Skin cancer early detection
Melanoma can spread quickly to other organs, and it causes the vast majority of skin cancer deaths in the United States. So it’s especially important to detect this type of skin cancer early, when treatment is most likely to be successful.
The five-year survival rate for people whose melanoma has not spread is expected to be 98 percent. Once it has spread, the survival rate drops significantly, especially if cancer has reached distant parts of the body.
Our providers at Fred Hutchinson Cancer Center partner with UW Medicine for skin and mole screenings. You may request an appointment at the Dermatology Clinic at UW Medical Center – Roosevelt by calling (206) 598-4067.
How to check for skin cancer
Most melanomas that appear in the skin can be seen with the naked eye. The best way to find early warning signs of skin cancer is to examine your skin.
- Give yourself a good head-to-toe skin examination once a month.
- When you check your body, get to know your mole patterns, freckles and other markings on your skin, and note them on a paper body chart. This will help you notice changes over time.
- Some parts of your body may be difficult for you to see, like your lower back, the backs of your thighs and your scalp. Ask your spouse, partner or a good friend to help you.
Follow the “ABCDE” Guide
Most of us have some brownish spots on our skin — freckles, birthmarks and moles. Most of these spots are normal, but some may be precancerous or skin cancer.
Common moles and melanomas do not look alike. Here’s what to look for during your monthly self-exams.
A = Asymmetry
Common moles are symmetrical. This means that if you draw a line down the center of a mole, the two halves will look the same. Early melanomas are asymmetrical (not symmetrical).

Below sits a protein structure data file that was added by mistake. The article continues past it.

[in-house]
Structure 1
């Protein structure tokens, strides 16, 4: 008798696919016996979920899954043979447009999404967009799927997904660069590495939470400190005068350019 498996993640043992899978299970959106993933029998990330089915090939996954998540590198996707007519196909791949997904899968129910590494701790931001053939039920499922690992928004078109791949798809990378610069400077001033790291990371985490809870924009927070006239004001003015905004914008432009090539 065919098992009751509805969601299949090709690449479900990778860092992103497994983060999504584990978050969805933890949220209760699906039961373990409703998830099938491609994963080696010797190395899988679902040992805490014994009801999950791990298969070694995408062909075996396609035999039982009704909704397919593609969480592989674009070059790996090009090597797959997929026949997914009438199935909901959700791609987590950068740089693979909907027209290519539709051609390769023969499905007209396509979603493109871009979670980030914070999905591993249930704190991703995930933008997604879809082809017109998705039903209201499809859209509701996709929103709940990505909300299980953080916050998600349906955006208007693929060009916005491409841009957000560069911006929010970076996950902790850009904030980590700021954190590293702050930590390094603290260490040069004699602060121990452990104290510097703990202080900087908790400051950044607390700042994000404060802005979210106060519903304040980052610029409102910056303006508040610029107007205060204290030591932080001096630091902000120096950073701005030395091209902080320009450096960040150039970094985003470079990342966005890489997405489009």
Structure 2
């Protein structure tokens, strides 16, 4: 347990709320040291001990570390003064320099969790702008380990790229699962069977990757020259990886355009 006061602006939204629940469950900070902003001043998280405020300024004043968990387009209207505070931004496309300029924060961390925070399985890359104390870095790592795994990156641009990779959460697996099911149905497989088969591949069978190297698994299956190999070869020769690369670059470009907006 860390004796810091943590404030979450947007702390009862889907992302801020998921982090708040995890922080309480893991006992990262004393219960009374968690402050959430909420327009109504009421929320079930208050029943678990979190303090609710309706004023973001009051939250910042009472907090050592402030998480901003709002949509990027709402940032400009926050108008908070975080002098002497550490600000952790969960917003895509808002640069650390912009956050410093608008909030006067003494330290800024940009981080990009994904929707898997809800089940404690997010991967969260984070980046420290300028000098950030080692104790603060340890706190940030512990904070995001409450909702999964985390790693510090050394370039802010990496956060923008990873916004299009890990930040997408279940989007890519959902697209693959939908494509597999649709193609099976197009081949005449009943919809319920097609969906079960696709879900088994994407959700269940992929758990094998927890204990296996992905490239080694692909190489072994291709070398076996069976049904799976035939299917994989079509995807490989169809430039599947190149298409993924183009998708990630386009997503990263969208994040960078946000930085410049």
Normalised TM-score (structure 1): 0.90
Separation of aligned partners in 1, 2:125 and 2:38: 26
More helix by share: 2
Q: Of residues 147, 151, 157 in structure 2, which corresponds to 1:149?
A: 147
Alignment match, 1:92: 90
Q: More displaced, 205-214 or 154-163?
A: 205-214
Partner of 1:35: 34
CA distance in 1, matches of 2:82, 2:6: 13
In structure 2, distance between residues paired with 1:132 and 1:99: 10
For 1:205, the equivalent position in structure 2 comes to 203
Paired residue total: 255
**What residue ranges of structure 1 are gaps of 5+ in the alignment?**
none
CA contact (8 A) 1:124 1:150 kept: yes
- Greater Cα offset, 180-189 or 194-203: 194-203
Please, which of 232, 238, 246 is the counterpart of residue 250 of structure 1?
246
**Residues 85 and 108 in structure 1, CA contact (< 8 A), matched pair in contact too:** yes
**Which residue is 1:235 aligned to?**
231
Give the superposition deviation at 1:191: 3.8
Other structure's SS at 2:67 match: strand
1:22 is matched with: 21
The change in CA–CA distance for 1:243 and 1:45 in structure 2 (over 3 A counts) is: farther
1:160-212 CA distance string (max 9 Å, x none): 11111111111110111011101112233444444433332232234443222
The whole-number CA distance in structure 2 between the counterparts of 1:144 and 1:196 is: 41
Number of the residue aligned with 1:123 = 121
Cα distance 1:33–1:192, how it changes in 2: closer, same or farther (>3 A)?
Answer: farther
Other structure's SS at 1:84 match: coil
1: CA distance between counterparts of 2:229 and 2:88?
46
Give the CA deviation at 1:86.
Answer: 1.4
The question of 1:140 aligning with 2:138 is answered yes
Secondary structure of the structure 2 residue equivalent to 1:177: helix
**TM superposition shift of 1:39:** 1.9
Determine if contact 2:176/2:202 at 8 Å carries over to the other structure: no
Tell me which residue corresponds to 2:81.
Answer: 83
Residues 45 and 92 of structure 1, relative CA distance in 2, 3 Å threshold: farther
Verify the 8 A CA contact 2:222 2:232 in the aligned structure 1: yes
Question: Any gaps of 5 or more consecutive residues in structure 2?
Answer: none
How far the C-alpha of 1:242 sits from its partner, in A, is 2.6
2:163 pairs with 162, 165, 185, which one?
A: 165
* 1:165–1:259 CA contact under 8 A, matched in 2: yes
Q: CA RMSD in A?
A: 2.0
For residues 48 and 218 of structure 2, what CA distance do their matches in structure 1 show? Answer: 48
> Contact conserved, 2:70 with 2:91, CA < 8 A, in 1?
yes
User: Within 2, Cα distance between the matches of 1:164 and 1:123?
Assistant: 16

B = Border
Early melanomas often have uneven borders. They may even have scalloped or notched edges.
C = Color
Common moles are usually a single shade of brown or black. Early melanomas are often varied shades of brown, tan or black. As they progress, red, white and blue may appear.
D = Diameter
The diameter is the width of a circle across its center. The diameter of a melanoma is usually larger than a mole, though it can be smaller. Early melanomas generally grow to at least the size of a pencil eraser (about ¼-inch across).
E = Evolution
Changes not otherwise described above.
Other Changes to Look For
Other changes in your moles that you should be aware of include:
- Sensation — Itching is the most common early symptom. Skin cancers are usually painless, but there can be tenderness and pain.
- Size — A mole is suddenly bigger or continues to get bigger.
- Spreading color — Melanomas can be a variety of colors, and the color may spread from the edge into the surrounding tissue.
- Elevation — A flat or slightly raised mole grows higher very quickly.
- Surrounding skin — The skin around a mole becomes red or develops colored blemishes or swelling.
- Surface — A mole's surface changes from smooth to scaly, eroding and oozing. A crusty, ulcerated or bleeding mole is a sign of advanced disease.
If any of these changes or symptoms appears, make an appointment with your doctor right away. A dermatologist specially trained in skin cancer should be able to recognize a melanoma at its earliest stage.
See your doctor for a screening exam
Even if you don’t notice any warning signs of cancer, it’s important to see your doctor regularly for skin checks to help detect cancer early, increasing the positive results of treatment. Ask your doctor about the right frequency for you.
If your doctor finds something of concern, he or she will order diagnostic tests to rule out or identify skin cancer.
The skin cancer signs and symptoms page covers each major type of skin cancer, where it is usually found and what it looks like, including more photos.
Images courtesy of the Melanoma Research Foundation.